Please comment!

Foot note on Pie charts

*Yes, I too eschew pie-charts, but for two or three categories of nominal data, where there are marked differences in frequency, if you really insist, I guess you could possibly use them, so long as they are not 3D and definitely not exploding. But even then, a barchart is better. – perhaps a post for another day, but so many have done this.

25 thoughts on “Oh Ordinal data, what do we do with you?

  1. I would like to mention a couple of downloadable articles relevant to this post.
    Warren Sarle has a very comprehensive FAQ on “Measurement Theory”.

    A more sceptical view of the area is given by Paul Velleman and Leland Wilkinson, each a statistical package developer, in the article “Nominal, Ordinal, Interval, and Ratio Typologies are Misleading”, an expansion of a 1993 American Statistician article available from

    Sarle confronts some of Velleman and Wilkinson’s 1993 objections in his article.

    Dr Nic suggests that there are not many statistical consequences of a difference between the Interval and Ratio levels. Maybe one might be that a log transformation is often appropriate with Ratio level data, but with merely Interval data y = log(x + alpha), with alpha estimated either formally or informally, might be required.

    • Thanks Murray. I will read the articles.
      At the level I generally aim at, which is introductory statistics, the students are unlikely to need to know the difference, but it is worth bearing in mind.

      • Sure Nic – yes the level of these articles is well ahead of what a student could cope with directly but it helps for a teacher to be a step or two ahead of the class. I read both articles in earlier versions some time ago. It looks like both articles have been updated in response to feedback over the years. The kind of reader that they will help most is the statistician who consults with social scientists, especially psychologists. Despite (or because of) the fact that the articles take opposing positions I remember feeling that I came away feeling that I understood the main issues fairly well as a result of reading them.


        On 8/07/2013 2:01 p.m., Learn and Teach Statistics and Operations Research wrote: > WordPress.com >

  2. It’s a shame the dot-plot doesn’t get a look in in the video, or your comments. The authoritative tone of the video in particular gives the impression that the bar chart is the acknowledged king for ordinal data, but all statistical graphics gurus I have come across prefer the dot plot.

    • Hi Peter
      That is a very good point. I really like dot-plots too and used them all the time when I taught using Minitab.
      I suspect the problem was that I was writing the video for a course that used Excel for producing graphs, and of course Excel doesn’t do dot-plots. I will rectify that if I redo the video!

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  4. Another common example of ordinal data at the “high” end of your scale is grouped interval data, i.e. where interval data has been grouped into a frequency table. This data can be displayed as a histogram and numerical summaries such as the grouped mean and grouped standard deviation can be calculated. In the pre-computer age this was a common exercise for students and there are still introductory Statistics textbooks around that contain these formulae (the early editions of Black’s Business Statistics spring to mind). It can be argued that with today’s computing power the need for discussing grouped data has gone, but nowadays a lot of “real” data is only published in frequency tables

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  6. “qualitative and quantitative, or non-parametric and parametric” – PLEASE don’t repeat an old canard. There are no such things as parametric and non-parametric data. Those terms apply to the model applied to the data.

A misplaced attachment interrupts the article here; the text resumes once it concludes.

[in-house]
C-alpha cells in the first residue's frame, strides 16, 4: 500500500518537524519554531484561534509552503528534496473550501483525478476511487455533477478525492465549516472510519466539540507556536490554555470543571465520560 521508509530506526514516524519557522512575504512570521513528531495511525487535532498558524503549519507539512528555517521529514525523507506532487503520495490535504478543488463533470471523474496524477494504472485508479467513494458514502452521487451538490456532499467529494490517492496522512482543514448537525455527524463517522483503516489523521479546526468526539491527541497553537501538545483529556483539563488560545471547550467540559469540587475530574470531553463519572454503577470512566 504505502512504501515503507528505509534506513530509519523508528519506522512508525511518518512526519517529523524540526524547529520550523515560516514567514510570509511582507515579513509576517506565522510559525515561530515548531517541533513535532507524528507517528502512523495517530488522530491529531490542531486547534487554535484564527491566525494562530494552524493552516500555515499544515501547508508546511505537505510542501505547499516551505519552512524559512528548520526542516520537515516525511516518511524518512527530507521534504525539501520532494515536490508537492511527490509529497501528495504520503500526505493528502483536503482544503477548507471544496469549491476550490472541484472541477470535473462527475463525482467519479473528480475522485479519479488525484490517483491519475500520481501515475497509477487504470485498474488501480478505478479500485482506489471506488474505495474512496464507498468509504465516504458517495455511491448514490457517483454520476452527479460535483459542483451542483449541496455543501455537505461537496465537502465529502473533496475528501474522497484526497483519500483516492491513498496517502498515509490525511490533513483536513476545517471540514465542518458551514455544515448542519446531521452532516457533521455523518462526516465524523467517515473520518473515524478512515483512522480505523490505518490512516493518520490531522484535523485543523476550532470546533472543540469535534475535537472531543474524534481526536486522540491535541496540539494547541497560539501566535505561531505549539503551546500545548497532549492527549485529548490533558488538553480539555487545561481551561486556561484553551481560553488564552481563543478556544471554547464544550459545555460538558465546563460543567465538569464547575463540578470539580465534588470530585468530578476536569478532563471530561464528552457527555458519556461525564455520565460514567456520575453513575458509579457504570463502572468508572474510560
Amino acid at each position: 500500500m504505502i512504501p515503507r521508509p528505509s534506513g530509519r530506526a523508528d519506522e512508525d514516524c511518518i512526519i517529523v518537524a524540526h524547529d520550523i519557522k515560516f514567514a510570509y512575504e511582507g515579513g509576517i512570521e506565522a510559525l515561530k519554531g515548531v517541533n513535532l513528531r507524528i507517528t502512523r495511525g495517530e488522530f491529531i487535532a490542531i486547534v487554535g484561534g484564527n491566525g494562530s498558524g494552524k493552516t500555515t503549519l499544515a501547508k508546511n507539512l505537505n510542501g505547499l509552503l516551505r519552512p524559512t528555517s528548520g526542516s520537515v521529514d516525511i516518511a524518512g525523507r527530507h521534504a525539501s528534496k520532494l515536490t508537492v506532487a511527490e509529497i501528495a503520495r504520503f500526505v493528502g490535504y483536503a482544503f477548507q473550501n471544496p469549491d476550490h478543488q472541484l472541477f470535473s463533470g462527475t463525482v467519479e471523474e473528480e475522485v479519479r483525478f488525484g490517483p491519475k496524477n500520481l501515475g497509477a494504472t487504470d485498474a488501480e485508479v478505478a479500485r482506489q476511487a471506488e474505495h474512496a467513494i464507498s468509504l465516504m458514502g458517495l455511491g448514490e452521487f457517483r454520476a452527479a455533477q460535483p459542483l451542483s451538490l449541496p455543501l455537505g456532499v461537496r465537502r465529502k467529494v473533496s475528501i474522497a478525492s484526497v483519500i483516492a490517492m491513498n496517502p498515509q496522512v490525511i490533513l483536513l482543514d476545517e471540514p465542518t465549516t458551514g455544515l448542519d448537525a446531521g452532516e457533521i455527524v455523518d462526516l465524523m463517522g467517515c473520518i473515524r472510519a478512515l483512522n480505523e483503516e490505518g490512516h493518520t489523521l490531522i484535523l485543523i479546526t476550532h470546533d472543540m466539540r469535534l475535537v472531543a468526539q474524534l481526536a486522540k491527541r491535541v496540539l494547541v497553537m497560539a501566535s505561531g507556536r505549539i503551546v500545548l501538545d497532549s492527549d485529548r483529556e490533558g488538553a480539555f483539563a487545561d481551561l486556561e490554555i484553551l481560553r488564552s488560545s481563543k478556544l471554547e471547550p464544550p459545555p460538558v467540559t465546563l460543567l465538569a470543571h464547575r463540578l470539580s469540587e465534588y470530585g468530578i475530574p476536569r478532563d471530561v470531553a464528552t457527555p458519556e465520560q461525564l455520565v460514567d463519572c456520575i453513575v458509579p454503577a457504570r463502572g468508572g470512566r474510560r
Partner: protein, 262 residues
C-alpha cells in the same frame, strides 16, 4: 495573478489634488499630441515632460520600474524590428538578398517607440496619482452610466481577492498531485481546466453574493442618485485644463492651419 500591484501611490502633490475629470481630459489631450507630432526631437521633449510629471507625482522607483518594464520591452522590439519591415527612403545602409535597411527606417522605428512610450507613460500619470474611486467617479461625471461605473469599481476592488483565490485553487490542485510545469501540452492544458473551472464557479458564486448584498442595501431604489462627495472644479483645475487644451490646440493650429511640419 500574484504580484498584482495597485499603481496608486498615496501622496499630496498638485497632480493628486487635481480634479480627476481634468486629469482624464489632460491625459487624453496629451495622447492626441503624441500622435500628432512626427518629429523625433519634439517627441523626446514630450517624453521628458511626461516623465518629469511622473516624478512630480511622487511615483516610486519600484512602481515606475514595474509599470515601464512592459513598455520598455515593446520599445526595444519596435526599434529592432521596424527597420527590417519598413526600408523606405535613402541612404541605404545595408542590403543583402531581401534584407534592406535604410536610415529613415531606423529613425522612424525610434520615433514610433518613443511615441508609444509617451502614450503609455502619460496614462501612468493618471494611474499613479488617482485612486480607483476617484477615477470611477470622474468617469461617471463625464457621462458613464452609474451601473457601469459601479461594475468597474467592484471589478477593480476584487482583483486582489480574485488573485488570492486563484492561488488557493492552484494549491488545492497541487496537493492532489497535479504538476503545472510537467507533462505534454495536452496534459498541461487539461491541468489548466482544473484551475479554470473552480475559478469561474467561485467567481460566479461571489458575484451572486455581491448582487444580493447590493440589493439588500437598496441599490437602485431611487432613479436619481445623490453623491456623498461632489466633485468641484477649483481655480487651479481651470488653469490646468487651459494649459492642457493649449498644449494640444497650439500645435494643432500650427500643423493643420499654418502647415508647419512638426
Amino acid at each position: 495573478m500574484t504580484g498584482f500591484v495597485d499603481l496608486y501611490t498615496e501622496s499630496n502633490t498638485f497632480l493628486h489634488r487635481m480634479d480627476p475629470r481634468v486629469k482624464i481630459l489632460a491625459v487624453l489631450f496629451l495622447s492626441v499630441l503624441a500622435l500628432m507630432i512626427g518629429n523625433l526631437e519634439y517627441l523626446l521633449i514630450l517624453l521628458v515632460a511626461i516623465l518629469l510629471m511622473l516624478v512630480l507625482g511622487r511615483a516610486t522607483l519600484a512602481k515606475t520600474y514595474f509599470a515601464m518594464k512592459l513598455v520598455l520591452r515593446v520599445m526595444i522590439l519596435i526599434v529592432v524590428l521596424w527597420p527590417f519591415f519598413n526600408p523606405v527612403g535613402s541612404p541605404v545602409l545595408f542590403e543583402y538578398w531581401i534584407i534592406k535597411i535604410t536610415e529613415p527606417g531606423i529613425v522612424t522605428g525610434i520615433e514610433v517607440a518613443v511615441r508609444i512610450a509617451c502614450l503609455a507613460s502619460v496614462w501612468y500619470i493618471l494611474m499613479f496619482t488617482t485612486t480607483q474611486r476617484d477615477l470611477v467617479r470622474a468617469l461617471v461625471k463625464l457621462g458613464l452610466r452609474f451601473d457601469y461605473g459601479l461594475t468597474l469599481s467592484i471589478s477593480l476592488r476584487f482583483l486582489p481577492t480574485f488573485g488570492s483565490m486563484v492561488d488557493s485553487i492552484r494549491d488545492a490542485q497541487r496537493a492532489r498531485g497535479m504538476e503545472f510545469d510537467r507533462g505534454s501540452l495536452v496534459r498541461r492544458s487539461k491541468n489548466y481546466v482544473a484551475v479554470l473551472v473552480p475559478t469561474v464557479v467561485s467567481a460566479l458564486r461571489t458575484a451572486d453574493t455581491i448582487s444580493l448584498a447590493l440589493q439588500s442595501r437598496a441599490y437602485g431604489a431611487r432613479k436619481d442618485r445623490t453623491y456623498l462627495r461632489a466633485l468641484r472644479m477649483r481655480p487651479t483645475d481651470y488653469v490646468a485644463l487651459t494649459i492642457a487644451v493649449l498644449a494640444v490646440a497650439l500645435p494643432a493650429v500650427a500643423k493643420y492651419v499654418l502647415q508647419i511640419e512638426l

On ordinal data, it depends on whether you impute an underlying scale or have a set of nominal categories that are ordered but not on any measured dimension – defining the person with higher qualifications as cleverer seems a circular definition. There is skill and experience in this data analysis game – it’s not just do the sums and out pops THE answer.

    Pie charts – are popular and have a place as presentation devices. Like any rhetorical device, they can be used to give emphasis so that the message is clarified or can be abused to distort the plain message from the data. Hence I agree in loathing 3-D pies because they introduce an uncontrolled distortion but have no issue with exploded segments: “among the categories shown we highlight … .” Graphs are misused because people are not taught to draw or read them – it’s assumed to be inate.

  7. Dear Dr Nic
    You ask what do we teach? I’d like to quote from Statistics at Square One 11th ed (Campbell and Swinscow, 2009, p22)
    “… the mean from ordered categorical variables can be more useful than the median, if the ordered categories can be given meaningful scores. For example, a lecture might be rated as 1 (poor) to 5 (excellent). The usual statistic for summarising the result would be the mean. ”

    Our research (into quality of life measures) shows that in many cases the mean of a set of ordinal data gives a ‘good enough’ result, although obviously care is needed!


    • It depends on the context. If you can guarantee that the gaps between the ordinal data are equal, you in fact have interval data, and it is fine to calculate the mean. The trick is that the gaps can look equal, but if you think hard about what they are actually measuring, we cannot guarantee that they are.

  8. So far, as I am beginning in this stats world, I have found your explanation the most helpful! What I am struggling with is how to make customer satisfaction data more meaningful than “you have a 96% satisfaction rate.” (on a scale of 1-5).

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  11. Lets not dumb it down and perpetuate bad practice. Here is what I say
    If the data is ordinal one is usually interested in the proportion of respondents givign a response ‘at least as high as some value’. E.g if responses are like a lot, like, neutral dislike, dislike a lot then onew ould like to now how many chose like or like a lot. thes choices may be albelled 1- 5, but never take mean
    So descriptively show CUMULATIVE graph of proprotion choosing: 1; 1 or 2; 1,2,or 3;1,2,3,or4.